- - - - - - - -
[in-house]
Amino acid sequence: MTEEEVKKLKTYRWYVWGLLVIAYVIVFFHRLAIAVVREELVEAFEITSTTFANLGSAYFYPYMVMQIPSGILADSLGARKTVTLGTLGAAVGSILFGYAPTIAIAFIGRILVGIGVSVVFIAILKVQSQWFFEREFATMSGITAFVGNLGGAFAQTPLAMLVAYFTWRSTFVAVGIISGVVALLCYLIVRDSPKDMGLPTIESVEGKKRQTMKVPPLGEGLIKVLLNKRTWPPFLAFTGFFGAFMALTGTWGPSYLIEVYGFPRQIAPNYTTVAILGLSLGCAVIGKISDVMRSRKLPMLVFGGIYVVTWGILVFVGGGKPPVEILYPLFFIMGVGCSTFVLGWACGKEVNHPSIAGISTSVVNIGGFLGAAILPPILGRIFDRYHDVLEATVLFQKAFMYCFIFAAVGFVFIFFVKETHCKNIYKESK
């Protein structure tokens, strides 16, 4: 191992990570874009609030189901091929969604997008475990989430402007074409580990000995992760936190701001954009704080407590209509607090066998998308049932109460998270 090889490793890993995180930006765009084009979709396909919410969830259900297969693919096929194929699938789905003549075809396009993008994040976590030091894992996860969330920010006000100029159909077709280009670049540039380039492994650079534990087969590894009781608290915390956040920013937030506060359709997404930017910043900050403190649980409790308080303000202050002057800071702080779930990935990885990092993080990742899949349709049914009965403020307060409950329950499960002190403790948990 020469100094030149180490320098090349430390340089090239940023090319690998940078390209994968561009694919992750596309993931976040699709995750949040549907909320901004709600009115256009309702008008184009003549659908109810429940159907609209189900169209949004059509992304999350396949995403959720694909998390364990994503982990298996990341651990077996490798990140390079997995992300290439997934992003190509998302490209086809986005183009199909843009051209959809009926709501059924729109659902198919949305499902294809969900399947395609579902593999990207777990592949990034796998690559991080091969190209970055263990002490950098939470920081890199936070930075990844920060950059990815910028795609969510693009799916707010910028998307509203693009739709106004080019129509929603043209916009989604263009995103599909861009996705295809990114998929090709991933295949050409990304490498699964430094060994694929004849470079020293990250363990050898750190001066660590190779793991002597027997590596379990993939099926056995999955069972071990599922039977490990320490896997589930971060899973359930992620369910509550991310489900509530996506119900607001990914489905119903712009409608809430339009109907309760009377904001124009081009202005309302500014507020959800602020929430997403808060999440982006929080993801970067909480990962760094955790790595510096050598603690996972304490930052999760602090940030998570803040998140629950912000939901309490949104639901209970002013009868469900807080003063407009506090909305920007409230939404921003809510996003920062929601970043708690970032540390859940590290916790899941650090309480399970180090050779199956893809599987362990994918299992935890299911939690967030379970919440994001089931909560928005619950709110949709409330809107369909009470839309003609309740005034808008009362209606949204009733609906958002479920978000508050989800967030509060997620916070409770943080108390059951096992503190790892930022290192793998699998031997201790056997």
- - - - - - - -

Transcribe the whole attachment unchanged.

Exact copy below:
[in-house]
Amino acid sequence: MTEEEVKKLKTYRWYVWGLLVIAYVIVFFHRLAIAVVREELVEAFEITSTTFANLGSAYFYPYMVMQIPSGILADSLGARKTVTLGTLGAAVGSILFGYAPTIAIAFIGRILVGIGVSVVFIAILKVQSQWFFEREFATMSGITAFVGNLGGAFAQTPLAMLVAYFTWRSTFVAVGIISGVVALLCYLIVRDSPKDMGLPTIESVEGKKRQTMKVPPLGEGLIKVLLNKRTWPPFLAFTGFFGAFMALTGTWGPSYLIEVYGFPRQIAPNYTTVAILGLSLGCAVIGKISDVMRSRKLPMLVFGGIYVVTWGILVFVGGGKPPVEILYPLFFIMGVGCSTFVLGWACGKEVNHPSIAGISTSVVNIGGFLGAAILPPILGRIFDRYHDVLEATVLFQKAFMYCFIFAAVGFVFIFFVKETHCKNIYKESK
């Protein structure tokens, strides 16, 4: 191992990570874009609030189901091929969604997008475990989430402007074409580990000995992760936190701001954009704080407590209509607090066998998308049932109460998270 090889490793890993995180930006765009084009979709396909919410969830259900297969693919096929194929699938789905003549075809396009993008994040976590030091894992996860969330920010006000100029159909077709280009670049540039380039492994650079534990087969590894009781608290915390956040920013937030506060359709997404930017910043900050403190649980409790308080303000202050002057800071702080779930990935990885990092993080990742899949349709049914009965403020307060409950329950499960002190403790948990 020469100094030149180490320098090349430390340089090239940023090319690998940078390209994968561009694919992750596309993931976040699709995750949040549907909320901004709600009115256009309702008008184009003549659908109810429940159907609209189900169209949004059509992304999350396949995403959720694909998390364990994503982990298996990341651990077996490798990140390079997995992300290439997934992003190509998302490209086809986005183009199909843009051209959809009926709501059924729109659902198919949305499902294809969900399947395609579902593999990207777990592949990034796998690559991080091969190209970055263990002490950098939470920081890199936070930075990844920060950059990815910028795609969510693009799916707010910028998307509203693009739709106004080019129509929603043209916009989604263009995103599909861009996705295809990114998929090709991933295949050409990304490498699964430094060994694929004849470079020293990250363990050898750190001066660590190779793991002597027997590596379990993939099926056995999955069972071990599922039977490990320490896997589930971060899973359930992620369910509550991310489900509530996506119900607001990914489905119903712009409608809430339009109907309760009377904001124009081009202005309302500014507020959800602020929430997403808060999440982006929080993801970067909480990962760094955790790595510096050598603690996972304490930052999760602090940030998570803040998140629950912000939901309490949104639901209970002013009868469900807080003063407009506090909305920007409230939404921003809510996003920062929601970043708690970032540390859940590290916790899941650090309480399970180090050779199956893809599987362990994918299992935890299911939690967030379970919440994001089931909560928005619950709110949709409330809107369909009470839309003609309740005034808008009362209606949204009733609906958002479920978000508050989800967030509060997620916070409770943080108390059951096992503190790892930022290192793998699998031997201790056997």